What about the defense? Can it match last season’s strong play? There’s no reason to think otherwise. While a few starters must be replaced, the Mids return a nice mix of senior experience and young athleticism; no, there’s no reason to expect any decline in production. Take the defensive line, for example. Junior Jabaree Tuani, coming off a stellar debut season in the starting lineup, returns at one end spot: he made 54 tackles, the most of any Navy lineman, and 3.5 sacks. He’ll be joined up front by fellow end Billy Yarborough, who made a single start last fall, with senior Shane Bothel earning the nod at nose tackle. Bothel will be aided in his difficult task by senior Chase Burge and junior Jared Marks, with both likely to earn significant snaps in 2010.
The linebacker corps faces a bit of a rebuilding job, thanks to the departure of solid starters Ross Pospisil and Ram Vela, among a few other key contributors. The Mids do return some experience, however, with senior Tyler Simmons chipping with 68 tackles in a reserve role last fall. He’ll be asked to step into Pospisil’s shoes; if any one player can replace Pospisil, it’s Simmons.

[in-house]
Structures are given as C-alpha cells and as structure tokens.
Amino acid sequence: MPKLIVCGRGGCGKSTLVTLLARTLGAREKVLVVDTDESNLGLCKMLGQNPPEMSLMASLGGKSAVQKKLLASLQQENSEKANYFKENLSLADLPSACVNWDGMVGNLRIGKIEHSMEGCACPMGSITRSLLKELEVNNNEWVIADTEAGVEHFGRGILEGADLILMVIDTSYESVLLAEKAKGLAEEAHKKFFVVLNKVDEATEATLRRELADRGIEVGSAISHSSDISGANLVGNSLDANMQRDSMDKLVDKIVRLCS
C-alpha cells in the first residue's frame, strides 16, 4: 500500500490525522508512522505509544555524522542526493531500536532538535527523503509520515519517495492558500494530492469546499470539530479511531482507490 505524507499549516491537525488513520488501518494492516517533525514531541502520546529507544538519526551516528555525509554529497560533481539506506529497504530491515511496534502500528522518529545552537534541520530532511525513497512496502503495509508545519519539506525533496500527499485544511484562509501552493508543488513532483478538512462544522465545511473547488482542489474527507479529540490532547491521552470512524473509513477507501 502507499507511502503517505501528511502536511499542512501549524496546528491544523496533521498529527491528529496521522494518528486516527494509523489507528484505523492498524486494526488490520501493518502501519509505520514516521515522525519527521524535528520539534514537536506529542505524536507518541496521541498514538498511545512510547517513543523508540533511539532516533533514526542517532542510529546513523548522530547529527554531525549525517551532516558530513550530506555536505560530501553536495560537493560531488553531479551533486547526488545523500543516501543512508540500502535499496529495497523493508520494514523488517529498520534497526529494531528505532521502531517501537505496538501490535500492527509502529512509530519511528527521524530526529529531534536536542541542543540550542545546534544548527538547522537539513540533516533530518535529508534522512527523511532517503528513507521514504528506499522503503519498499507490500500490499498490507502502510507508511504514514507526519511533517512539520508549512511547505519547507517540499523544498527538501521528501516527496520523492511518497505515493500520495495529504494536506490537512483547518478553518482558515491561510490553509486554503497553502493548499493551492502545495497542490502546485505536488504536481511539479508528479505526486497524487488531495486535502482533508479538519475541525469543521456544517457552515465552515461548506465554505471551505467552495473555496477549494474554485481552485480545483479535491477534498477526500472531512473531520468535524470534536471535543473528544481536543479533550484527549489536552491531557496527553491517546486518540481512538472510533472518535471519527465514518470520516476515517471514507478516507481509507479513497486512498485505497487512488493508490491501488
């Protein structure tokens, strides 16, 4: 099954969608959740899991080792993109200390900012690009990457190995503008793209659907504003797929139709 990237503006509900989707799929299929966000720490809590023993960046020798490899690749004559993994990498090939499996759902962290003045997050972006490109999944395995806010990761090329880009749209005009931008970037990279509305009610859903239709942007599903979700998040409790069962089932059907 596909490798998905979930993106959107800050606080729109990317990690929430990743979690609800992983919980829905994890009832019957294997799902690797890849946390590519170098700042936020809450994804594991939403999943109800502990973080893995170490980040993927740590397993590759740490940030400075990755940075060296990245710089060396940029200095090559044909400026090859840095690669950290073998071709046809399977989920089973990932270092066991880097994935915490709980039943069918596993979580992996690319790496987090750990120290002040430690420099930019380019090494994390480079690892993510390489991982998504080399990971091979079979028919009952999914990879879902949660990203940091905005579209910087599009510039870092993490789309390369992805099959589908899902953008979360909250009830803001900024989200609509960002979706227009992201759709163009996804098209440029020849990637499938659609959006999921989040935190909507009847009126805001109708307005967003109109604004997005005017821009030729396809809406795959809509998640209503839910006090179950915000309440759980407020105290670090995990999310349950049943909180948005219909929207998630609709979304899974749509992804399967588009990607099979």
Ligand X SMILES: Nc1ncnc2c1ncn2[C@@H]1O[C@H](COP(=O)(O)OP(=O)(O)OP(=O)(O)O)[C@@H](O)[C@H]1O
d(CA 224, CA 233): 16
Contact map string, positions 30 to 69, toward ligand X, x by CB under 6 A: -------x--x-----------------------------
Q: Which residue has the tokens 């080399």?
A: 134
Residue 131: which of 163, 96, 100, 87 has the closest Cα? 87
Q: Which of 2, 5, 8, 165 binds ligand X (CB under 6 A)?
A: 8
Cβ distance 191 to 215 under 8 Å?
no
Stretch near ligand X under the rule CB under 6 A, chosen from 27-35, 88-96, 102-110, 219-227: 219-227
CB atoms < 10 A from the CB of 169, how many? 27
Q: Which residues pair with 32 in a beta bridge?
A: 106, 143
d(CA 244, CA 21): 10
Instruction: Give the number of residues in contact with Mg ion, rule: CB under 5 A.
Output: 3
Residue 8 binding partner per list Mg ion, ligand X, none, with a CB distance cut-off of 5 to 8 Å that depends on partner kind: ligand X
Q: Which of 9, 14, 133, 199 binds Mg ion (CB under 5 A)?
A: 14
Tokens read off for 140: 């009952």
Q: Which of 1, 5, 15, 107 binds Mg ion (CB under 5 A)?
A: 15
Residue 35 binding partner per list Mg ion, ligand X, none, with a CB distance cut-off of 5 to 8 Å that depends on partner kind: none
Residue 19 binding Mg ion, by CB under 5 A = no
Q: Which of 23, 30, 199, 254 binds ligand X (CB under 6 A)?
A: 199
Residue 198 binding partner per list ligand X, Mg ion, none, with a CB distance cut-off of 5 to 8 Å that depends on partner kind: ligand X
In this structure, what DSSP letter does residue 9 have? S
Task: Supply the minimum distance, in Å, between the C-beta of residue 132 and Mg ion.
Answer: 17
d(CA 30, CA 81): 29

He’ll be joined at inside linebacker by junior Caleb King, whose strong spring vaulted him past senior Trey Grissom and sophomores Matt Warrick and Matt Brewer and into the starting lineup. King didn’t earn much playing time last fall, contributing mainly on special teams, but has nice size and — by all accounts — solid speed for the position. Another junior, Aaron McCauley, will flank Simmons and King at one outside spot. The Mids have options at the second outside linebacker position, with both senior Jerry Hauburger and sophomore Collin Sturdivant making claims to the starting role. Keep an eye on Sturdivant, a converted defensive end, who could be utilized as an edge rusher on passing downs.
You have to like the secondary: both starting safeties return, as does one starting cornerback and a few experienced reserves. The leader of this defense is senior Wyatt Middleton — technically playing the rover spot — last year’s team leader with four interceptions. Senior Emmett Merchant is back at free safety; he added 54 tackles and another pair of picks. This pair can get it done.
The Mids must supplant one starting cornerback in Blake Carter, a 25-game starter over his four-year career. Navy does return 2009 starter Kevin Edwards, though the second cornerback spot remains open to debate. It will be key for Edwards to remain healthy: the senior missed a few games last fall and was limited during the spring. It would make sense for Navy to insert Kwesi Mitchell into Carter’s former position, as the speedy junior was the team’s third cornerback last fall. He certainly holds the edge over the competition, which includes juniors Corey James and David Wright and sophomore Caleb Lucas. Still, let’s see how Mitchell responds to his added duties.
Position battles to watch